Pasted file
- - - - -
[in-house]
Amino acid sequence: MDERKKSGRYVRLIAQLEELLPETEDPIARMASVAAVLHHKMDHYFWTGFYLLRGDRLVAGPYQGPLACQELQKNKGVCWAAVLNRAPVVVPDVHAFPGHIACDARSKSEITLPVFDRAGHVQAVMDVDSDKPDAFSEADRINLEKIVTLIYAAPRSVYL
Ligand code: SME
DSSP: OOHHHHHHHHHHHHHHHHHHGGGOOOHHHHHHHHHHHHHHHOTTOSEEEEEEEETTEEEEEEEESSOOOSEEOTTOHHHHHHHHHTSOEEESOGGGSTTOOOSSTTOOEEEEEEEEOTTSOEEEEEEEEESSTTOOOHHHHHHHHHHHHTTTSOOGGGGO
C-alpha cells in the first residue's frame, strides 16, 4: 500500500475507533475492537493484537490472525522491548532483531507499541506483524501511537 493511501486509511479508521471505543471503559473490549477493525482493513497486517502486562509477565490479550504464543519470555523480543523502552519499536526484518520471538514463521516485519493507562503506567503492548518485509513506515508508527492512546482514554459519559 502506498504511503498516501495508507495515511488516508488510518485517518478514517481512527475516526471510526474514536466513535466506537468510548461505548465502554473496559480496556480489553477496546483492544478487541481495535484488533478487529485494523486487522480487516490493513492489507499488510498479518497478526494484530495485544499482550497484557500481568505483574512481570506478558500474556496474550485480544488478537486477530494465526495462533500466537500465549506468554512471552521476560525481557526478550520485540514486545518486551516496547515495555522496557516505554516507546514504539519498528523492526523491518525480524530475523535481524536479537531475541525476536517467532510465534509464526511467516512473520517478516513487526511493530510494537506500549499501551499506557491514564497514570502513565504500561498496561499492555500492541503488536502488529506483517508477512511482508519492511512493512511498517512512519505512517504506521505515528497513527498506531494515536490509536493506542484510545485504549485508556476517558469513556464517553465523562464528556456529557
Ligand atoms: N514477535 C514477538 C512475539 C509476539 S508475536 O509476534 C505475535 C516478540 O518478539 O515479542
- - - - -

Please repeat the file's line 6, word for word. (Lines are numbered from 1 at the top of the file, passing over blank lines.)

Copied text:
Ligand atoms: N514477535 C514477538 C512475539 C509476539 S508475536 O509476534 C505475535 C516478540 O518478539 O515479542